You might have heard of serotonin as one of the ‘happy’ hormones in humans. Indeed, mood disorders like anxiety and depression are associated with low levels of serotonin. However, this neurotransmitter also has other functions. One of the more interesting ones in humans is its role in cooperation. Lowering the serotonin levels of people increases peoples’ reactions to unfairness and makes them less cooperative. On the other hand, increasing the level of serotonin in people makes people less argumentative and more communicative and cooperative. Serotonin also plays a role in peoples’ intimate relationships, for example men and women who were fed tryptophan (necessary for serotonin production) were more likely to judge photos of couples as intimate and romantic than people who had not been fed tryptophan.

People with differing serotonin levels view photos of couples differently. Photo: Pedro Ribeiro Simões

Humans are of course not the only animals that form intimate relationships or cooperate with each other. One of the best examples of unrelated animals cooperating comes from cleaner fish, who form relationships with ‘clients’ (visiting reef fish) where they clean their bodies, gills and even mouths. This relationship is very cooperative: the cleaner fish would rather eat the mucus from the skin of their clients than the ectoparasites (it’s yummier, apparently), but they usually keep this particular urge under control. In return, the clients don’t eat the cleaner fish, even when they are cleaning the inside of their mouths and one might think that it would be pretty tempting just to swallow one. Of course, cleaner fish do ‘cheat’ occasionally, taking a bite from the skin of a client, making the client jolt away and probably choose not to return to that particular cleaner again.

An overly cheerful video of a cleaner fish at work:

If cleaning alone weren’t enough to foster this cooperative relationship, cleaner fish also provide tactile stimulation to their clients, rubbing their pelvic fins on the dorsal area of the client (kind of like a massage). As this is about as cooperative and intimate as two animals that aren’t courting can get, it seems like the perfect scenario for a possible role for serotonin.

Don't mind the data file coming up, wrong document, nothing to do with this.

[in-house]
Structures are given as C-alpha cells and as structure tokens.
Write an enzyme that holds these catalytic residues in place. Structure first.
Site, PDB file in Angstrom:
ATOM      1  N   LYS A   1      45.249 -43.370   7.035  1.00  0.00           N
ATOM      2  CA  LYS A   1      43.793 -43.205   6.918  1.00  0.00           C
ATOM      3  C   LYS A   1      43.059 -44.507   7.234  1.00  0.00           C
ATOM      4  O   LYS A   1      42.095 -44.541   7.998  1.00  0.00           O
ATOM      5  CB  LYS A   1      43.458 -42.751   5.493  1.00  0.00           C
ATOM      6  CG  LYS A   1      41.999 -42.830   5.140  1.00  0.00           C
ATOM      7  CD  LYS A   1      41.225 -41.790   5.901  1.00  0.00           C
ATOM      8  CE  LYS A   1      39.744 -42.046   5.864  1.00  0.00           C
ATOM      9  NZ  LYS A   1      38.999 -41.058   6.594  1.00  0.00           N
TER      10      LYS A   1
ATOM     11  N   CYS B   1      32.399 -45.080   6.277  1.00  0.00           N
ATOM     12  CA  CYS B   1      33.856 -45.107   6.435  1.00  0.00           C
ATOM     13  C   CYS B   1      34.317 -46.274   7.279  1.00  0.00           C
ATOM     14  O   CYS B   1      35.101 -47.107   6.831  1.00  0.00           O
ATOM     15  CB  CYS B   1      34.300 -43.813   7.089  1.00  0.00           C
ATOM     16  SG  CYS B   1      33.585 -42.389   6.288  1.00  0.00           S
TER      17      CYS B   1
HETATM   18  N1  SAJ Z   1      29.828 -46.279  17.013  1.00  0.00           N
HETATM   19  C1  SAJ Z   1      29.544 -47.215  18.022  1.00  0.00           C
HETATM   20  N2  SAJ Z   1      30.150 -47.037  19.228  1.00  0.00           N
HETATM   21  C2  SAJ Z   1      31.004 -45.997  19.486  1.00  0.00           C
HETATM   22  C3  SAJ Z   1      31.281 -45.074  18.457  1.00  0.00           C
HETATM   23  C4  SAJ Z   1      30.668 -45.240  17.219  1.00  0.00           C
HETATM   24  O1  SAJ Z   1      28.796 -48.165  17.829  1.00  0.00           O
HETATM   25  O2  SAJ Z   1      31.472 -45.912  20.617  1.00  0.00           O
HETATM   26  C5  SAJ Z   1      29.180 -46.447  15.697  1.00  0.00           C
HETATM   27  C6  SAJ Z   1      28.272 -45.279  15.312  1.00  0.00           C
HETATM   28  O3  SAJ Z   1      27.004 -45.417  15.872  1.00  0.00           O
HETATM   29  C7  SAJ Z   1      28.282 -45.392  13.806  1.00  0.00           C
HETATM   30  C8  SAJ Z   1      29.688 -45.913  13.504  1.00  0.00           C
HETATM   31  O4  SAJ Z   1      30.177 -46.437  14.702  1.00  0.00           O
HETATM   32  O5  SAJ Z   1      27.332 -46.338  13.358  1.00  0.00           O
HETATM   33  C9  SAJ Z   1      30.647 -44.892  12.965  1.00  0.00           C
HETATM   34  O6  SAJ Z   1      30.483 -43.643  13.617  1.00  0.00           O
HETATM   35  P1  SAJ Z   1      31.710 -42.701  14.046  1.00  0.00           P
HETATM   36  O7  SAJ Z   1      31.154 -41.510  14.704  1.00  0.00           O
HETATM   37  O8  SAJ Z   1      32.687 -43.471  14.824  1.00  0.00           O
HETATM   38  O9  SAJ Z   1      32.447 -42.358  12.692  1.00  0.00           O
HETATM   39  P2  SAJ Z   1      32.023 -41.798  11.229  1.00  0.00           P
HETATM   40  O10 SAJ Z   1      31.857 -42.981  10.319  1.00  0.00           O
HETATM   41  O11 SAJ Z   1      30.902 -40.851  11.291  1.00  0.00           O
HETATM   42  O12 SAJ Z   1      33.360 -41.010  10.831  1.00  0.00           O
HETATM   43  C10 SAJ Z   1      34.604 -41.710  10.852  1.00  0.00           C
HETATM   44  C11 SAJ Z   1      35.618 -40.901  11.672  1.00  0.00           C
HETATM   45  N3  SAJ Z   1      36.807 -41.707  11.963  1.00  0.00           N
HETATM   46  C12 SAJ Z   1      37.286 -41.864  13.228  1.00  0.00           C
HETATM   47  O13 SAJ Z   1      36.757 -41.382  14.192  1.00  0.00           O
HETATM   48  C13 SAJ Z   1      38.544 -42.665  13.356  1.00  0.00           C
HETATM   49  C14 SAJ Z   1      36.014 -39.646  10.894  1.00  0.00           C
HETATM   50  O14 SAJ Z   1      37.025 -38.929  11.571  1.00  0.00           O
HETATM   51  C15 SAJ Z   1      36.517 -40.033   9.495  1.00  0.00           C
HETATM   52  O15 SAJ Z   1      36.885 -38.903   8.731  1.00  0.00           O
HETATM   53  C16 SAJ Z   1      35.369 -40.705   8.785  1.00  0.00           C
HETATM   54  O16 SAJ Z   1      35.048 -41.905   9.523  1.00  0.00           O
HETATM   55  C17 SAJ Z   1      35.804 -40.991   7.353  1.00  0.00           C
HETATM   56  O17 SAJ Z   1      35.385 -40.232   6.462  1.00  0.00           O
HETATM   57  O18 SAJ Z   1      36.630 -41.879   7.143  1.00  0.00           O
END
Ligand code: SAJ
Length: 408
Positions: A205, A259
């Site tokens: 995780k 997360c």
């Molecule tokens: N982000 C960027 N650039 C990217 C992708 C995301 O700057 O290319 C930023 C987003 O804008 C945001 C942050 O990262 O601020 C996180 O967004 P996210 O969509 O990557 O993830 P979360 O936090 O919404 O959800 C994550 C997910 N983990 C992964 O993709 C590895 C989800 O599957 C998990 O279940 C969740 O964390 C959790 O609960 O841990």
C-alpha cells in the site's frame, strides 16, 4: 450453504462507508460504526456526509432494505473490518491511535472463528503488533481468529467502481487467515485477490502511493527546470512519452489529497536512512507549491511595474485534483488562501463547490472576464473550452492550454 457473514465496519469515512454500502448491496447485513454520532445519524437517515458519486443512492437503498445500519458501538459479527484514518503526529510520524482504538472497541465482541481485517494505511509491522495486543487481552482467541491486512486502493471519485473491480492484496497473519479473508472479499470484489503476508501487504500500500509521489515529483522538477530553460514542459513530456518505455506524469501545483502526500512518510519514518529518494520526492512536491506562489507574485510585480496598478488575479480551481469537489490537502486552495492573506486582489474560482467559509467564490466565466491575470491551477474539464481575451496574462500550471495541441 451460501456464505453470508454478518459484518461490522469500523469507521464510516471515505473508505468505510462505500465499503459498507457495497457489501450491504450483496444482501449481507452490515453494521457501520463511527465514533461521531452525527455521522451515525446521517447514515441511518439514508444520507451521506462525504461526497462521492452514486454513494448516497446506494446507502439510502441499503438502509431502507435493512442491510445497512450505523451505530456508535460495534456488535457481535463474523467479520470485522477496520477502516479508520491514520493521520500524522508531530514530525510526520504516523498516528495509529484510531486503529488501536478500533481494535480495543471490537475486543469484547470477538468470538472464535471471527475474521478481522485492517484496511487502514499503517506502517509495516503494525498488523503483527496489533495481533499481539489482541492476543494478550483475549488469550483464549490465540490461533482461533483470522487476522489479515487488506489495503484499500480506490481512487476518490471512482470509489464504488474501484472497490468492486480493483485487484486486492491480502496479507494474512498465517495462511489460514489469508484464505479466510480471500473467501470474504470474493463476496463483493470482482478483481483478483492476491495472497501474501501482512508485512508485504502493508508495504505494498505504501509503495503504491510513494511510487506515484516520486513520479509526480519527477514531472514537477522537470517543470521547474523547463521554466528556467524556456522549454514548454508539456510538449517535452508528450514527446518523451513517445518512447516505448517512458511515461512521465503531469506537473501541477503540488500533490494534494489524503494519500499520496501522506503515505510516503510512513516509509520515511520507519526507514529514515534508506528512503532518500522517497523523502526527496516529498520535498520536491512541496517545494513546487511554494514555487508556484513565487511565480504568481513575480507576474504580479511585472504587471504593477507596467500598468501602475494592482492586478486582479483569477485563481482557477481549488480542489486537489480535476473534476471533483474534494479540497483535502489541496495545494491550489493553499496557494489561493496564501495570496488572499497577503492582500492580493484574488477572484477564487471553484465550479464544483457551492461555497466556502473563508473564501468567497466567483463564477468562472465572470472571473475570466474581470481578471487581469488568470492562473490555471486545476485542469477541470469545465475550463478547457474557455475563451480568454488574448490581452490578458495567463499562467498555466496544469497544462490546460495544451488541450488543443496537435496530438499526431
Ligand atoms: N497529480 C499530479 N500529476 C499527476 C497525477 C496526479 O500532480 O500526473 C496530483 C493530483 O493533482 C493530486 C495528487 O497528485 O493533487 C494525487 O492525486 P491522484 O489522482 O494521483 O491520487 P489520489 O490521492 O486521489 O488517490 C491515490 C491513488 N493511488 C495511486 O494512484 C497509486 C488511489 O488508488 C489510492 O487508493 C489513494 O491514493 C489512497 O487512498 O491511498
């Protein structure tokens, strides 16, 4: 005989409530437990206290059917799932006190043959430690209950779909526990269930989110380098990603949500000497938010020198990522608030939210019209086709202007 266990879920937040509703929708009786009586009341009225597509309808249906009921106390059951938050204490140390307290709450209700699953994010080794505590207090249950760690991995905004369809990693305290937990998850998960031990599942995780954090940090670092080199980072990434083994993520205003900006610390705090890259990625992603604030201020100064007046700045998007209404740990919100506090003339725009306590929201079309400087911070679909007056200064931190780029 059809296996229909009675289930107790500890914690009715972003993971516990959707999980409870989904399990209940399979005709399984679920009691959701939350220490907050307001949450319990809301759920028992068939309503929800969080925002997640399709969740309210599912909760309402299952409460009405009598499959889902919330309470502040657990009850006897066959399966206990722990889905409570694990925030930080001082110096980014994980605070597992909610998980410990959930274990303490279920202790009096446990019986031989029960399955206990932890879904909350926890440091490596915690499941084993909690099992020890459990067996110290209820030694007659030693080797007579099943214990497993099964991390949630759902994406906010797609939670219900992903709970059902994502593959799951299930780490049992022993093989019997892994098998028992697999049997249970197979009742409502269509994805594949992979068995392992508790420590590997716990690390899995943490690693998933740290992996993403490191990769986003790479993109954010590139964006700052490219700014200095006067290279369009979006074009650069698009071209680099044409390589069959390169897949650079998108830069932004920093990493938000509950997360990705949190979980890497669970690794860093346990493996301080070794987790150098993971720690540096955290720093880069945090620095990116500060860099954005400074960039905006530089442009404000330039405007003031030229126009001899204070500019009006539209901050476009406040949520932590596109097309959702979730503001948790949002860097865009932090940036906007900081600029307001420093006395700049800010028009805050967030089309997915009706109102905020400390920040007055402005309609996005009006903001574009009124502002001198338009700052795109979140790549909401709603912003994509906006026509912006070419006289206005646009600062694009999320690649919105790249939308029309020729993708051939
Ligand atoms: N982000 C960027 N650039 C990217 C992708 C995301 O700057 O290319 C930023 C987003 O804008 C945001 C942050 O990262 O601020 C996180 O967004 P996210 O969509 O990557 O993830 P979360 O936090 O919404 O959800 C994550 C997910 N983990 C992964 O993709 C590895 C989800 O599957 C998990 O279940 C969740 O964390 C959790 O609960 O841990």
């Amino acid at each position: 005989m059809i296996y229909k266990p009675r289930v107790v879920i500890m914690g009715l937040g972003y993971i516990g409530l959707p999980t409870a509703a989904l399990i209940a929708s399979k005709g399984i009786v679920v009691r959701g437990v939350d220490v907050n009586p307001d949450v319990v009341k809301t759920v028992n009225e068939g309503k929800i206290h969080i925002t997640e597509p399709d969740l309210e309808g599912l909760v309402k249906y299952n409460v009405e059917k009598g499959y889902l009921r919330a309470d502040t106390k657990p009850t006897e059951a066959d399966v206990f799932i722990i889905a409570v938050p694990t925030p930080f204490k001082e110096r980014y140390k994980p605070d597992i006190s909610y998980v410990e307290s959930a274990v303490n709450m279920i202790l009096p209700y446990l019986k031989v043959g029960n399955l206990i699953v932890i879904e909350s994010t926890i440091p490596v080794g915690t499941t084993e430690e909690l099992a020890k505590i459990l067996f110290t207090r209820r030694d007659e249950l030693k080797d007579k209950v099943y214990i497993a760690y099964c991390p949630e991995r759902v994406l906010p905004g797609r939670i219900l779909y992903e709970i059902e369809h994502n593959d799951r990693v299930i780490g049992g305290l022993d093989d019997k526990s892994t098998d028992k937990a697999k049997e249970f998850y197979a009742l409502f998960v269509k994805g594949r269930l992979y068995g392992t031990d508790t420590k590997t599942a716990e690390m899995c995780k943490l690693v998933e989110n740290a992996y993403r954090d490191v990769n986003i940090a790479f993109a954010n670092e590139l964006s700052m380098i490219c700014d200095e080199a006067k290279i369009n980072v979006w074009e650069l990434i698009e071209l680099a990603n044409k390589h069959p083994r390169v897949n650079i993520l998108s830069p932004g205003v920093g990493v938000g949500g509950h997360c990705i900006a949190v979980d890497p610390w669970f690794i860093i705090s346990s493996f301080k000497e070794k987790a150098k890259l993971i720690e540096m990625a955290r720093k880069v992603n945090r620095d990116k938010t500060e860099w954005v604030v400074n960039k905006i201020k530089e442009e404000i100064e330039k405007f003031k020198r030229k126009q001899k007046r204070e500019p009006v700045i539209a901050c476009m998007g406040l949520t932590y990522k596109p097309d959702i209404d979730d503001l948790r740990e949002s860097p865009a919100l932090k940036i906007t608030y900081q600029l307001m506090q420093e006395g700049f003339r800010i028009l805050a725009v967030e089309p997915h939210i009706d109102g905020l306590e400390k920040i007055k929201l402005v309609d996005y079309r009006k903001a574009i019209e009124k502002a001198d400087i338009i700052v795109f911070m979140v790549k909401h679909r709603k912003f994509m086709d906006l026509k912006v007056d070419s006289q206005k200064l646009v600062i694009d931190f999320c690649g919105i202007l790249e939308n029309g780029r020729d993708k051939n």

José Paula and colleagues recently carried out an experiment looking into this. They caught 45 cleaner wrasse from around Lizard Island in Australia and injected them with one of five possible compounds. Two of these compounds enhance the effects of serotonin, two of them block the effects of serotonin and one was a saline solution (to act as a control). They then recorded the behaviour of these cleaner fish when interacting with their clients.

A bluestreak cleaner wrasse cleans a client. Photo: orestART

So what happened to these serotonin-enhanced or deprived fish? Those that now had more serotonin became much more social, seeking out clients to clean in what was (in my mind) a happy and well-adjusted manner. On the other hand, the poor fish now lacking serotonin became antisocial, avoiding taking new clients. Who knows what kinds of paranoid thoughts might be going through the serotonin-deprived cleaner’s minds, but perhaps some form of cleaning performance anxiety. 



Bilderbeck et al. (2011). Serotonergic activity influences the cognitive appraisal of close intimate relationships in healthy adults. Biol Psychiatry. 69:720–725.

Paula, J. R., Messias, J. P., Grutter, A. S., Bshary, R., & Soares, M. C. (2015). The role of serotonin in the modulation of cooperative behavior. Behavioral Ecology, doi:10.1093/beheco/arv039.